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Wednesday, April 14, 2021

From plate to plough: A barren field

NDA government’s plans for agriculture are still to bear fruit.

Written by Ashok Gulati , Shweta Saini |
Updated: May 26, 2016 12:02:40 am
india, indian farmers, farmer policies, anti farmer policies, farmers protest, farmer subsidies, farmer suicides, crop insurance, india economy, india growth, bjp growth, india gdp, bjp, third year bjp, three years bjp, bjp government tenure, Narendra Modi, NDA government, two years of Modi govt, india news Not surprisingly, farmers are unhappy and agriculture is stagnant. Farmer suicides are perversely high and rural indebtedness remains a grave issue.

As the Modi government celebrates two years in office, any review of its functioning will be incomplete without examining its record on the farm front. In the two years (FY15 and FY16), while the economy grew at 7.2 per cent and 7.6 per cent respectively, agriculture and the allied sector grew at -0.2 per cent and 1.1 per cent. This implies an average growth rate of less than 0.5 per cent per annum of the sector that employs close to half the country’s labour force.

Two years ago, the current government’s election manifesto promised, among other things, to make Indian agriculture more “productive, scientific and rewarding”. In particular, it mentioned to “take steps to enhance the profitability in agriculture, by ensuring minimum of 50 per cent profits over cost of production”. In the case of irrigation, it promised to “introduce and promote low water consuming irrigation techniques and optimum utilisation of water resources”. However, during these last two years, farmers’ margins over costs, which hovered between 20 and 30 per cent in most agri-commodities during the terminal years of UPA 2, have declined. In most agri-commodities, profitability is down to less than 10 per cent, and in some others, even negative. This was mainly due to back-to-back droughts in 2014 and 2015, downswing in global agri-prices, and lower-than-anticipated increases in procurement prices. Now, the government seems to have replaced the promise in the manifesto with the assurance that farmers’ incomes will be doubled by 2022. The country awaits conceptual and operational clarifications on this new goal.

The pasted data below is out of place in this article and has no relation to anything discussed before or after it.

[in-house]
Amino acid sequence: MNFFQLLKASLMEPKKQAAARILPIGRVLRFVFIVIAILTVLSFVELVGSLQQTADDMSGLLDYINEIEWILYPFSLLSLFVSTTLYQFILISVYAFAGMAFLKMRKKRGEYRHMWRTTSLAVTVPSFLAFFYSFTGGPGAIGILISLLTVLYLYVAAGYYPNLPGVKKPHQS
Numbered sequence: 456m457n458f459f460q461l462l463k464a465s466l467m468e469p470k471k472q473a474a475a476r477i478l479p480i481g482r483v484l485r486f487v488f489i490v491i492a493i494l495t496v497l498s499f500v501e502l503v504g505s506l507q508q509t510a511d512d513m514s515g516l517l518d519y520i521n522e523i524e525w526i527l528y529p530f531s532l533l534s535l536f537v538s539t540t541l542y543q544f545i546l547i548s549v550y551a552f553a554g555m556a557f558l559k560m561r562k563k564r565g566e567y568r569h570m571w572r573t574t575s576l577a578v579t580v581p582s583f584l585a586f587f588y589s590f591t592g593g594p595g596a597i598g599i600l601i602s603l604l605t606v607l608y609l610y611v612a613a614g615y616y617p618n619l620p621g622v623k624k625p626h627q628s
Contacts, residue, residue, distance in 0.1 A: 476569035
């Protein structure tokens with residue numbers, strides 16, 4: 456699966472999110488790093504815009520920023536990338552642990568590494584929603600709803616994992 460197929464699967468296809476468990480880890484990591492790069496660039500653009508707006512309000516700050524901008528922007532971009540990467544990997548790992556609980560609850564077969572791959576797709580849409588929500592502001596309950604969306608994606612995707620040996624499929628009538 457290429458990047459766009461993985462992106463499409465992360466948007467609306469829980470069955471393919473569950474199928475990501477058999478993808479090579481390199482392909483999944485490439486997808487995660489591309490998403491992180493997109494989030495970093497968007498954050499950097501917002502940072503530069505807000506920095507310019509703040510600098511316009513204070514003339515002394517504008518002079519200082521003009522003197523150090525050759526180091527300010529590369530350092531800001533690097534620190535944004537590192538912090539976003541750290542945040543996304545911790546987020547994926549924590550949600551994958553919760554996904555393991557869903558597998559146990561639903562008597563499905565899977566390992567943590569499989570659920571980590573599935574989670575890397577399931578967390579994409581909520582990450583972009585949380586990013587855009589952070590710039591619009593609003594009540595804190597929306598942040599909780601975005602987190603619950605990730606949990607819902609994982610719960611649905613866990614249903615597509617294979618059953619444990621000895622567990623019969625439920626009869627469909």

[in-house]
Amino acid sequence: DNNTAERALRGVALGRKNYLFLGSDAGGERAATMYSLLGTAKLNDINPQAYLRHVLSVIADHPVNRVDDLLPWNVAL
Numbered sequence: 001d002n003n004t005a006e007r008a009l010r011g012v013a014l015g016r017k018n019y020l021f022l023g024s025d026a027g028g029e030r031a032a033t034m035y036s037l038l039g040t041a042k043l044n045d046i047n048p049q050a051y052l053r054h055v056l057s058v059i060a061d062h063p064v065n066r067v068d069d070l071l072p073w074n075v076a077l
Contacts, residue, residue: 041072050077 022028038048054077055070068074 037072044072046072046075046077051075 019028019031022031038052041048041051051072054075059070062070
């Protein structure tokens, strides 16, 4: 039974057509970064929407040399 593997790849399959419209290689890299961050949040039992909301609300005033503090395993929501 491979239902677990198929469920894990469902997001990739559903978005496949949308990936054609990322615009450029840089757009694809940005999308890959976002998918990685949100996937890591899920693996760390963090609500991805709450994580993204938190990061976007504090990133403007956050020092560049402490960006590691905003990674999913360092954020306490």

On the promise of efficient utilisation of water, there have been no major initiatives except slogans like “har khet ko paani” and “per drop, more crop”. The Pradhan Mantri Krishi Sinchayee Yojana (PMKSY), under which these schemes are launched, lack the resources to fulfill any of these promises. The total expenditure budgeted under the PMKSY for FY17 is Rs 5,717 crore, which is far less than what is required to achieve the target of “har khet ko paani”. In all probability, this slogan is likely to remain a dream for at least a decade.

However, the government can be lauded for at least three initiatives: Pradhan Mantri Fasal Bima Yojana (PMFBY), Jan Dhan and Direct Benefits Transfers (DBT) and e-National Agricultural Market (NAM).